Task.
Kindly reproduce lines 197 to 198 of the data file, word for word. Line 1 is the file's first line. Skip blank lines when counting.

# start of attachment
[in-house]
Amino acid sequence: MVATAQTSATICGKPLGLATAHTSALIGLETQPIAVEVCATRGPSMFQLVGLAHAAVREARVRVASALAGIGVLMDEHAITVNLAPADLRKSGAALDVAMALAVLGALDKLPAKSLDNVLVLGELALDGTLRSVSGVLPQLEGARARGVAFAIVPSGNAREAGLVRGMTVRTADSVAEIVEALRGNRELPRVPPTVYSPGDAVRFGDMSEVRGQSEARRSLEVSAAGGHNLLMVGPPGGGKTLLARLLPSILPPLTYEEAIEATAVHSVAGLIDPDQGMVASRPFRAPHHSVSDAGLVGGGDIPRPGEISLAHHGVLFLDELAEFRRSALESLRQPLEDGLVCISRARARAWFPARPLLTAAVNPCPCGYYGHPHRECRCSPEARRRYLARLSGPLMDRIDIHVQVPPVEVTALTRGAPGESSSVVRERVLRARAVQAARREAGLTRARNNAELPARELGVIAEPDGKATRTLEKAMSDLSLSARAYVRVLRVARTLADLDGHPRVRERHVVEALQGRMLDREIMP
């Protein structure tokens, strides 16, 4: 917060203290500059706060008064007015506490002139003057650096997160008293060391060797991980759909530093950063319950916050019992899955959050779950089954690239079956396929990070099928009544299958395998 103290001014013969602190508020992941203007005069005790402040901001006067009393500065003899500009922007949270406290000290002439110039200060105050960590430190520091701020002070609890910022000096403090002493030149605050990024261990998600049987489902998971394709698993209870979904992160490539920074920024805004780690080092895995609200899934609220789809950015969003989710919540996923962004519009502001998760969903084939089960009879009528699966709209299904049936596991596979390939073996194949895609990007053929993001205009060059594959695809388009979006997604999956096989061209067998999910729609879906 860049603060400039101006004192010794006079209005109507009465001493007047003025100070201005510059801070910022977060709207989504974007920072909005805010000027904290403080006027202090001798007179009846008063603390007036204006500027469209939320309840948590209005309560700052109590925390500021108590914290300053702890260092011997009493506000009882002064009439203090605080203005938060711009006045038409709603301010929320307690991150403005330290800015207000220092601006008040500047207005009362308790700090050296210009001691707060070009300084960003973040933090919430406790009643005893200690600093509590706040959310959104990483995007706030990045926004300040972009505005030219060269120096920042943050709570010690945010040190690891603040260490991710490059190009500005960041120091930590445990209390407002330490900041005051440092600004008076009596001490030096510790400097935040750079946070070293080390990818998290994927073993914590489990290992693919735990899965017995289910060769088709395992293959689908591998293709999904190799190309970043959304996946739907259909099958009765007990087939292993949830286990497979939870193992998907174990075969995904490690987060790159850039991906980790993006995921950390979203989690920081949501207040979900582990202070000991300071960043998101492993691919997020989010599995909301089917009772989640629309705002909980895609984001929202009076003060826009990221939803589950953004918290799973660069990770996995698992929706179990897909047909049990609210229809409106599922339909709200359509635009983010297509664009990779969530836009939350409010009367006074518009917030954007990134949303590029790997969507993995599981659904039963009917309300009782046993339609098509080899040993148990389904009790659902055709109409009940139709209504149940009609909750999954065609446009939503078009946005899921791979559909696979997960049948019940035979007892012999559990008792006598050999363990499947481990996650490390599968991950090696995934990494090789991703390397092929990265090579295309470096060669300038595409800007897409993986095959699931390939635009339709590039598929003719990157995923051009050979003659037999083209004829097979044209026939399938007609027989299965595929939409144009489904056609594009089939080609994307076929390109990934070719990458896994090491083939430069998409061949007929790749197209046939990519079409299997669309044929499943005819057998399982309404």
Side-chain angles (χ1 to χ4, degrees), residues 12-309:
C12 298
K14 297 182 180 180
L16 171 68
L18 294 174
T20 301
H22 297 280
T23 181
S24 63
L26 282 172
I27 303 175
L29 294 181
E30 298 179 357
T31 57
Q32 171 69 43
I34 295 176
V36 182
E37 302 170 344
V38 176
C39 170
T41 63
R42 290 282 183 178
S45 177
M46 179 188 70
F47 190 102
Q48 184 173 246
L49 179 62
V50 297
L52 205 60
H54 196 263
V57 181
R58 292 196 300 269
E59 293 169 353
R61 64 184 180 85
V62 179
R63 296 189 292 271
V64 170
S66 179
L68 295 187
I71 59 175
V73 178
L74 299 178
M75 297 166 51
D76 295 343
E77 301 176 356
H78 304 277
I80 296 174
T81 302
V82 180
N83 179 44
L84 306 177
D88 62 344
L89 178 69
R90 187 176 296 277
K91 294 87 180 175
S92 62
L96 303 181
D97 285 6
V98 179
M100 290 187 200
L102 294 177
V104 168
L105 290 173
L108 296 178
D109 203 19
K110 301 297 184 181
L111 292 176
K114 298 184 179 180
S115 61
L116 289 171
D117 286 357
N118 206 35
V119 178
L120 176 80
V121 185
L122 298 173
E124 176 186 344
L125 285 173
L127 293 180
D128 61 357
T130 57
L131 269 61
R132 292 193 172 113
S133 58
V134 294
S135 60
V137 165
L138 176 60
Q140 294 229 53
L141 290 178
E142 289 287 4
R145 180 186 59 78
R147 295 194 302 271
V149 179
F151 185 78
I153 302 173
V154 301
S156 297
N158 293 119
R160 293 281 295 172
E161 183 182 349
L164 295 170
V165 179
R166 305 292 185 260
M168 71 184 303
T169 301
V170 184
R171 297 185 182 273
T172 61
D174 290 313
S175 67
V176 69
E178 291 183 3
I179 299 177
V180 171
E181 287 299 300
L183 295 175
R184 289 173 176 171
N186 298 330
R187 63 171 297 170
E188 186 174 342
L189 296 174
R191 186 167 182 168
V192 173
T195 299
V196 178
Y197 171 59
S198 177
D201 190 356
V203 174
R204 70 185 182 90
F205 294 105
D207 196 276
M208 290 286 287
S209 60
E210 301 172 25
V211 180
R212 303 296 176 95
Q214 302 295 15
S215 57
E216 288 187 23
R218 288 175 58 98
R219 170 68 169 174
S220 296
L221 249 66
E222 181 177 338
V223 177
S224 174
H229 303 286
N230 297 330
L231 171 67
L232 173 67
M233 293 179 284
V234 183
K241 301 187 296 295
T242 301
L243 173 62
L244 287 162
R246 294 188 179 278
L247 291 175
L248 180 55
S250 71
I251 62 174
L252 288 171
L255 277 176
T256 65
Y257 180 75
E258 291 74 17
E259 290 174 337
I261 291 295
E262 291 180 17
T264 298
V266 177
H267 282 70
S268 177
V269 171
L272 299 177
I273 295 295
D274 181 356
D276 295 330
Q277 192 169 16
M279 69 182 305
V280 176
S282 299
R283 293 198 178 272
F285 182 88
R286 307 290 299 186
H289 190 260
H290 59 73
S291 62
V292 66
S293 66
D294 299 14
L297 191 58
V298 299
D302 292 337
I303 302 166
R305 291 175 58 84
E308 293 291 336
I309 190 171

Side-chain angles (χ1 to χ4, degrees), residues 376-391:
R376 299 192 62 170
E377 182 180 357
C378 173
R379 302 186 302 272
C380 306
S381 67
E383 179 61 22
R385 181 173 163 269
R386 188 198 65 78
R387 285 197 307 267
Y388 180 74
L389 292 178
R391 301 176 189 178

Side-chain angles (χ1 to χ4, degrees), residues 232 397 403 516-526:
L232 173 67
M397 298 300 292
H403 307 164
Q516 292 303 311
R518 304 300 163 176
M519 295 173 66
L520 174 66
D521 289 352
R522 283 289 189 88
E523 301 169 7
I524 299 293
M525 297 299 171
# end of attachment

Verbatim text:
L297 191 58
V298 299